The website is meant as a place to come and read good stories, positive stories, about this town of ours – and the people who are making a difference. I want Google searches of Salisbury to show folks that there is real goodness here. It’s not Utopia, but what is?
The website is a chance for a positive take on things. It’s NOT for breaking news. It’s for reflection, and for a different — I hope — perspective on things.
Q. What’s your favorite memory of growing up here?
A. THAT’S the toughest question of them all. You and I roamed the halls of Wi-Hi in the mid-1970’s. Need I say more?
But, since you asked, I’ll give you this: there is NO single memory that stands out. It’s all collective stuff.
I’ve told people on many occasions: I may someday meet someone who had a childhood that was as good as mine, but I’ll never meet anyone who had one that was better than mine. Because that’s simply not possible.
Growing up here was magical. I grew up on Wyman Drive – so Wi-Hi was my back yard. The old mall was my playground. So was the park, and the zoo, and the old Little League, and the Elks, and the YMCA.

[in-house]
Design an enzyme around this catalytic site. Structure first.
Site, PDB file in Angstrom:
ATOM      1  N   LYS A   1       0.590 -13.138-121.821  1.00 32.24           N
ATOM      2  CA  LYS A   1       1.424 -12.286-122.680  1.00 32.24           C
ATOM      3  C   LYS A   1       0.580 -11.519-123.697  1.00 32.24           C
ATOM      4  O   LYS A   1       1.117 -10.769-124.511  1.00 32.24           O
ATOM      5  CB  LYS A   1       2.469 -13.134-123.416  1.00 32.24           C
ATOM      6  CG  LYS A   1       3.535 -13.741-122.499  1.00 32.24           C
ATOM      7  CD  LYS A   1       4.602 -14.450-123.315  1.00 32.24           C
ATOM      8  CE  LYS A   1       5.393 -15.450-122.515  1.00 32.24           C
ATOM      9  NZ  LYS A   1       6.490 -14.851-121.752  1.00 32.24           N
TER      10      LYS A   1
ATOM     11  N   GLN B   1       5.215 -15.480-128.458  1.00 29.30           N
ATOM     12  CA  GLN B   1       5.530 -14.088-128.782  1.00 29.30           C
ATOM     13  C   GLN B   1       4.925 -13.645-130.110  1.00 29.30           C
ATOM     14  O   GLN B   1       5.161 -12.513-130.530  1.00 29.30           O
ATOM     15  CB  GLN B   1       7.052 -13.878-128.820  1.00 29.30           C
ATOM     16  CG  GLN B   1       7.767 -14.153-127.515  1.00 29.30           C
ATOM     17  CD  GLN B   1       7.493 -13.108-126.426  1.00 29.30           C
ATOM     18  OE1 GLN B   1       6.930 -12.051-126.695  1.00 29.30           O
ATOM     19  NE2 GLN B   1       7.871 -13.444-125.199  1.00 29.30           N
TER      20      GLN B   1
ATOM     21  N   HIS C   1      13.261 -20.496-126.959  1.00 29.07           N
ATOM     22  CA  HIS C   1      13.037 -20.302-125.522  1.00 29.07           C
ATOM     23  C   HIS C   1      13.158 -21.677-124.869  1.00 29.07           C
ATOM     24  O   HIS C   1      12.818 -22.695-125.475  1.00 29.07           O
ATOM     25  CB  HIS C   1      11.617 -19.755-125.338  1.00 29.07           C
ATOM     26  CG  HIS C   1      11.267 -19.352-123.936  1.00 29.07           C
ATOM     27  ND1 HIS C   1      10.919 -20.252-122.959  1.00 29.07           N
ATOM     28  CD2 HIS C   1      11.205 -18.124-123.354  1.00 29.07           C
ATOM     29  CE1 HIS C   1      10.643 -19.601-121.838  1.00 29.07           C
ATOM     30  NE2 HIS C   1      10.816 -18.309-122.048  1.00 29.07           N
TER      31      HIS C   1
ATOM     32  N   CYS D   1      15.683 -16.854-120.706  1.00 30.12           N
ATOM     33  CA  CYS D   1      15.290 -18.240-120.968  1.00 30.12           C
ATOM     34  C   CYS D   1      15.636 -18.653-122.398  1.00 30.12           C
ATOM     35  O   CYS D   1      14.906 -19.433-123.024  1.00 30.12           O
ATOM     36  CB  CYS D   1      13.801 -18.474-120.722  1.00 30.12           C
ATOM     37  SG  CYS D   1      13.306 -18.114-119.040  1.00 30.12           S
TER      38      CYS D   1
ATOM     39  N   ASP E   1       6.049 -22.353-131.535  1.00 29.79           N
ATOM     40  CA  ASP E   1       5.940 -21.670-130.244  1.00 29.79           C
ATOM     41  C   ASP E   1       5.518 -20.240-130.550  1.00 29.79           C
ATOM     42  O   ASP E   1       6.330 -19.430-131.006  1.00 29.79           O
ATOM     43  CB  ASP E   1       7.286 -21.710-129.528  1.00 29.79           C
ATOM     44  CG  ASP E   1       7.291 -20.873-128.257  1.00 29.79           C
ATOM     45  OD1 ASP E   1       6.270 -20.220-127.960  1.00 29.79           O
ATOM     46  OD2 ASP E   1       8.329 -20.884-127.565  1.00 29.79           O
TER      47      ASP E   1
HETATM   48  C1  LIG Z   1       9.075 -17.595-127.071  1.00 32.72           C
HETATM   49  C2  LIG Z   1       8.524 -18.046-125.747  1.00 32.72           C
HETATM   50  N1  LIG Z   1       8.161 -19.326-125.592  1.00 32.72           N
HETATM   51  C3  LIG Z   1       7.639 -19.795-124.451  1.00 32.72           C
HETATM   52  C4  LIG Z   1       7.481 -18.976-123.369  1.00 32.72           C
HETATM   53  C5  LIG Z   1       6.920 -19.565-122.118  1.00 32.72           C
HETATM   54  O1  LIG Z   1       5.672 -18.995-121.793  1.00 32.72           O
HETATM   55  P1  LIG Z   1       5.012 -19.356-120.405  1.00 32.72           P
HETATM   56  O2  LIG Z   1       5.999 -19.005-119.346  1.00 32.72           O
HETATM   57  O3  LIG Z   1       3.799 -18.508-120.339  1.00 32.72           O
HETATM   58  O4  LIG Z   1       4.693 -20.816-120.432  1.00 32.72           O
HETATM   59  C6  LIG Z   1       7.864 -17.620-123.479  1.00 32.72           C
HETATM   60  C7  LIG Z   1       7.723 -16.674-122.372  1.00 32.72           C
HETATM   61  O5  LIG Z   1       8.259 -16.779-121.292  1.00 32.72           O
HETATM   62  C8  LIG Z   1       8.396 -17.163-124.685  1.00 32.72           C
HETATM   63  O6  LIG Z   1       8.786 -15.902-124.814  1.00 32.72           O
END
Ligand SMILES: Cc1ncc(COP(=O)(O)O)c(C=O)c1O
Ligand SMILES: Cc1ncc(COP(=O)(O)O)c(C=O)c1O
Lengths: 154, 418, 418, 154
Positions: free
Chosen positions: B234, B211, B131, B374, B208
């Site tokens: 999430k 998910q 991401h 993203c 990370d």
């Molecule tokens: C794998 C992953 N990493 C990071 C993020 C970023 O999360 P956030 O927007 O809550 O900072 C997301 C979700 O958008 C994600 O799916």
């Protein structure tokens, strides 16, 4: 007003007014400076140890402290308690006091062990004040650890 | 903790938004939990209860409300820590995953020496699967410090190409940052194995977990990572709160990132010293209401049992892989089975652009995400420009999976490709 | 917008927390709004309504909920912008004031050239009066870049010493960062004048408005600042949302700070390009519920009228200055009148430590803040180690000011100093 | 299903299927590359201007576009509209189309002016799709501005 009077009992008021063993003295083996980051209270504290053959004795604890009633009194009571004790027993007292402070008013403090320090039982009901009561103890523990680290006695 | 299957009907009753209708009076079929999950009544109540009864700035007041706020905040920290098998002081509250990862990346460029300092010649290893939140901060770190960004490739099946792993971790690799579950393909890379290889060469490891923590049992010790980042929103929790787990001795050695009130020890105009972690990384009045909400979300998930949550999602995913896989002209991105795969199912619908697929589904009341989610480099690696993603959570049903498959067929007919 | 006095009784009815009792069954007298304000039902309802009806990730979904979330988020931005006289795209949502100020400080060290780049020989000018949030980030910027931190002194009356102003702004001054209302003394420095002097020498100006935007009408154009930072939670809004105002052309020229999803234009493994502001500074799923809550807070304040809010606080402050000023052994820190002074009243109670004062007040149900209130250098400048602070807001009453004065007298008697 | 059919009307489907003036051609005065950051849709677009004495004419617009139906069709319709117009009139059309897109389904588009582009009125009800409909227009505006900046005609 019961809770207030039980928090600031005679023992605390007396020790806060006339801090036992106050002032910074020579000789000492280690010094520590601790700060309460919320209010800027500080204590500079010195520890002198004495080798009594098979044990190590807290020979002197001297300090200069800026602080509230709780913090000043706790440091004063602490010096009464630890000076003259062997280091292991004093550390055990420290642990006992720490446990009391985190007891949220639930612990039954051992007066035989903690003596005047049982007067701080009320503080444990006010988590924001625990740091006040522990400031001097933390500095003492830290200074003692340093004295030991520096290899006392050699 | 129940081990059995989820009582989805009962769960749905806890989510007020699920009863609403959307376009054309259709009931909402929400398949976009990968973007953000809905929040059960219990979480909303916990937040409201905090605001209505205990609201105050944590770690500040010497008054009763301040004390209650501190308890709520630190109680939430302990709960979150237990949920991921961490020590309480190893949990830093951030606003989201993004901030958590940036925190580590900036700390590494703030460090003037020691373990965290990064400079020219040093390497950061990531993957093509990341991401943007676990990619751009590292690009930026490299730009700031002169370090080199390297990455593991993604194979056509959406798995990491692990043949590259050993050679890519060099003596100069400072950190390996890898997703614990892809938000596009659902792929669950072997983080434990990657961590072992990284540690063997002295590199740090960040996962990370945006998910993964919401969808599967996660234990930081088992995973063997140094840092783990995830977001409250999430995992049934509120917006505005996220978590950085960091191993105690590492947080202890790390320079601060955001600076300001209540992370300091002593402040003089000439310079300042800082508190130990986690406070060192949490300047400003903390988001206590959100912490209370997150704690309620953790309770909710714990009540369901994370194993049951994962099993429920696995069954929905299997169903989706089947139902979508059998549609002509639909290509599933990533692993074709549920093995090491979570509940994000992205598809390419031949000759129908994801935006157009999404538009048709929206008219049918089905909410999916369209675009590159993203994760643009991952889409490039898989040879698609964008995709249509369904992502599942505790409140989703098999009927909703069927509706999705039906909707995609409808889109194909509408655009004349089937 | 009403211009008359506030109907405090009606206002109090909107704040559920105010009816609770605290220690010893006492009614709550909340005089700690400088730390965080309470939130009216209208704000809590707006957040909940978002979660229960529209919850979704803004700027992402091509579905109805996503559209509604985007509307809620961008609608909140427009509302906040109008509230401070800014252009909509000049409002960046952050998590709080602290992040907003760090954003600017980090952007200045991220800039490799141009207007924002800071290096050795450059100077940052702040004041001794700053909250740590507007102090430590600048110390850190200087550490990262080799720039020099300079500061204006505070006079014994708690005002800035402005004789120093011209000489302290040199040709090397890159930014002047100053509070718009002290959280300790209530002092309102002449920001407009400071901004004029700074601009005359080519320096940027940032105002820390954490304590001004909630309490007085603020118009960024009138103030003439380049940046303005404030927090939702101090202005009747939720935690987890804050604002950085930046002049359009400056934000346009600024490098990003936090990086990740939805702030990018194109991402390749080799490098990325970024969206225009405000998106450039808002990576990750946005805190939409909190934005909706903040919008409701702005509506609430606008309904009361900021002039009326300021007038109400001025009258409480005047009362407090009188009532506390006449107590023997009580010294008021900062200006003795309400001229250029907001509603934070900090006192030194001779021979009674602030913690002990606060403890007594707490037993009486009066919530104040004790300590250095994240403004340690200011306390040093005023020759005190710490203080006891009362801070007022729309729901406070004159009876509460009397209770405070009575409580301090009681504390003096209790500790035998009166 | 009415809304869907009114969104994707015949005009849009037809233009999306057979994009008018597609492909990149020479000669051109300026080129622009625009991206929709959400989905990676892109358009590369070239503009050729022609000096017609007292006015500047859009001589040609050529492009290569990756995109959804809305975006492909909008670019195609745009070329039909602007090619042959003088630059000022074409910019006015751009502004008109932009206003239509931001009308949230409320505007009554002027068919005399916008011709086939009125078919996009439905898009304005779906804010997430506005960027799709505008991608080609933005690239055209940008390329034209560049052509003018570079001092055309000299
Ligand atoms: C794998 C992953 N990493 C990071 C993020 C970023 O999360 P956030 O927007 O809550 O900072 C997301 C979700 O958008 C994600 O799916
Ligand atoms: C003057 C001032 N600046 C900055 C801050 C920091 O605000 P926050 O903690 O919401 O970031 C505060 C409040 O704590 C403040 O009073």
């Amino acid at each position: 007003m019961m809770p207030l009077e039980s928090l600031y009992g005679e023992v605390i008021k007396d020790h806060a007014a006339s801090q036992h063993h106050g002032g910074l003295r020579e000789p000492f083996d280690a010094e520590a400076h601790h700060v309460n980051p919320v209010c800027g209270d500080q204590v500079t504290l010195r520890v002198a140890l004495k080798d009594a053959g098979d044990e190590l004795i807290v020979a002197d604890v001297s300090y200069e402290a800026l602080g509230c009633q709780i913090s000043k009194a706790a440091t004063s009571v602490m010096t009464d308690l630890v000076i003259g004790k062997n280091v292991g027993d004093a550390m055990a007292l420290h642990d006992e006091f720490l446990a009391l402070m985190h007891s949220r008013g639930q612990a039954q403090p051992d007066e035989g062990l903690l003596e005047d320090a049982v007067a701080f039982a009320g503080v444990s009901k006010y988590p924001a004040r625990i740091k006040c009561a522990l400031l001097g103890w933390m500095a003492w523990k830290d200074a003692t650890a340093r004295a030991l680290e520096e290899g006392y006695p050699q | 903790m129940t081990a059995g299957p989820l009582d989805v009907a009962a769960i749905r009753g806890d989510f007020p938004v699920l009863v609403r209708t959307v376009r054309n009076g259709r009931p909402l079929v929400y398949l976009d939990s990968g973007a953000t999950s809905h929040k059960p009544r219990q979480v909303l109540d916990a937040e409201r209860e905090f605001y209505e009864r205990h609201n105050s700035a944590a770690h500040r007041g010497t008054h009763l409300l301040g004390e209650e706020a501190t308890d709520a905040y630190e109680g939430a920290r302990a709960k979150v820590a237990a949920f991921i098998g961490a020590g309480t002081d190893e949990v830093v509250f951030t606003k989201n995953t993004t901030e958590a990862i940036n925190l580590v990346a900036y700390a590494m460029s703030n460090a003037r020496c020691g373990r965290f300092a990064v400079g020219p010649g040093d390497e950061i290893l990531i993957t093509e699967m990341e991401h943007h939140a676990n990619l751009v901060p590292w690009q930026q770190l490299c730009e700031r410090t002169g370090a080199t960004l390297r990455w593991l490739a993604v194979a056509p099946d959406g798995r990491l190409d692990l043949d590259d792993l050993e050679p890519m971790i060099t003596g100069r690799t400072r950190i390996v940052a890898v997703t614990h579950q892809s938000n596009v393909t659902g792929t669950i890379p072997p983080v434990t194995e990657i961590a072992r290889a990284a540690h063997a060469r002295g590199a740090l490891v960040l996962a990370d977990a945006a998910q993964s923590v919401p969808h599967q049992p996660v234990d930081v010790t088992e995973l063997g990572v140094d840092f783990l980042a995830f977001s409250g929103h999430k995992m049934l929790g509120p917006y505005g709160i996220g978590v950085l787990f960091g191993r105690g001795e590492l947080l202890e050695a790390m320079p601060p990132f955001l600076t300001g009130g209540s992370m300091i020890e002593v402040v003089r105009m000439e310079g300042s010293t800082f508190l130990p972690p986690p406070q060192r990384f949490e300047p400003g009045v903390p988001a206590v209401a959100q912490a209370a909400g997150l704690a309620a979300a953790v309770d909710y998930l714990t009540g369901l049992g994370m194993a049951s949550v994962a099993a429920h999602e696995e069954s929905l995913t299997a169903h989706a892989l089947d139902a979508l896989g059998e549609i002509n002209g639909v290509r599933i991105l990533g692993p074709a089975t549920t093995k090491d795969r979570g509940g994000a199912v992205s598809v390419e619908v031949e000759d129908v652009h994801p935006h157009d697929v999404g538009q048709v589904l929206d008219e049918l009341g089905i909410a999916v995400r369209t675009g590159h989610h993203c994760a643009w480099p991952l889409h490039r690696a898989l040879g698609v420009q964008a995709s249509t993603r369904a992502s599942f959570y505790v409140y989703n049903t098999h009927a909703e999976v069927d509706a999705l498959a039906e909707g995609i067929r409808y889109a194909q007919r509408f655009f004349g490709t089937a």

I had great friends, a great family, more than my share of fun — and the kinds of memories that make it easy to smile and laugh.
Q. So next stop for you is July Fourth?
A. Come join us on the Fourth of July. Red White and Boom is not about me. It’s about our community.
Free fireworks in this community is not a want, it’s a need. When we look up in that sky on the Fourth, from wherever we are, we are celebrating as a community. The spirit that night is infectious.
Fireworks blasting from the heart of our city, for us all to enjoy, is as good as it gets..
To contact Mike Dunn with questions about Red, White and Boom, email him at firstname.lastname@example.org.
Greg Bassett is editor and general manager of Salisbury Independent. Reach him at email@example.com